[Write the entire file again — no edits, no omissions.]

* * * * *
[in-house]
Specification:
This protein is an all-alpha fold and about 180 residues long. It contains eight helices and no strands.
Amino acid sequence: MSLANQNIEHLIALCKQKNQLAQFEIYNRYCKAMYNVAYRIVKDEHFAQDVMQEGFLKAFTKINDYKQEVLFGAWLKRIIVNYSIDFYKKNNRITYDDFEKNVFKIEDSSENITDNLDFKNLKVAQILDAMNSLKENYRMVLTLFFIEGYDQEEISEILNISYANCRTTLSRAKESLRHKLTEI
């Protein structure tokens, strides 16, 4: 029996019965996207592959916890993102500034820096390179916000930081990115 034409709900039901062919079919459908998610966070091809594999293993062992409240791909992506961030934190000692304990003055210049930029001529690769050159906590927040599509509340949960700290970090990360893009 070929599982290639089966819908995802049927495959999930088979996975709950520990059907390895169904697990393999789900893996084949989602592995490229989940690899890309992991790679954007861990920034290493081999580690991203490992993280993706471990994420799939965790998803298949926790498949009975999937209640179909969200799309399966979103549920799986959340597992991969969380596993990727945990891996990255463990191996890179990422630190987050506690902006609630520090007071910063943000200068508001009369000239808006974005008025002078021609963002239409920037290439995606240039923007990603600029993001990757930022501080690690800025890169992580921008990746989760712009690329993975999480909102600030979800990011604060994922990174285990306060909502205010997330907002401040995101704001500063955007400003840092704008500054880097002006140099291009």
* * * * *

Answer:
[in-house]
Specification:
This protein is an all-alpha fold and about 180 residues long. It contains eight helices and no strands.
Amino acid sequence: MSLANQNIEHLIALCKQKNQLAQFEIYNRYCKAMYNVAYRIVKDEHFAQDVMQEGFLKAFTKINDYKQEVLFGAWLKRIIVNYSIDFYKKNNRITYDDFEKNVFKIEDSSENITDNLDFKNLKVAQILDAMNSLKENYRMVLTLFFIEGYDQEEISEILNISYANCRTTLSRAKESLRHKLTEI
């Protein structure tokens, strides 16, 4: 029996019965996207592959916890993102500034820096390179916000930081990115 034409709900039901062919079919459908998610966070091809594999293993062992409240791909992506961030934190000692304990003055210049930029001529690769050159906590927040599509509340949960700290970090990360893009 070929599982290639089966819908995802049927495959999930088979996975709950520990059907390895169904697990393999789900893996084949989602592995490229989940690899890309992991790679954007861990920034290493081999580690991203490992993280993706471990994420799939965790998803298949926790498949009975999937209640179909969200799309399966979103549920799986959340597992991969969380596993990727945990891996990255463990191996890179990422630190987050506690902006609630520090007071910063943000200068508001009369000239808006974005008025002078021609963002239409920037290439995606240039923007990603600029993001990757930022501080690690800025890169992580921008990746989760712009690329993975999480909102600030979800990011604060994922990174285990306060909502205010997330907002401040995101704001500063955007400003840092704008500054880097002006140099291009």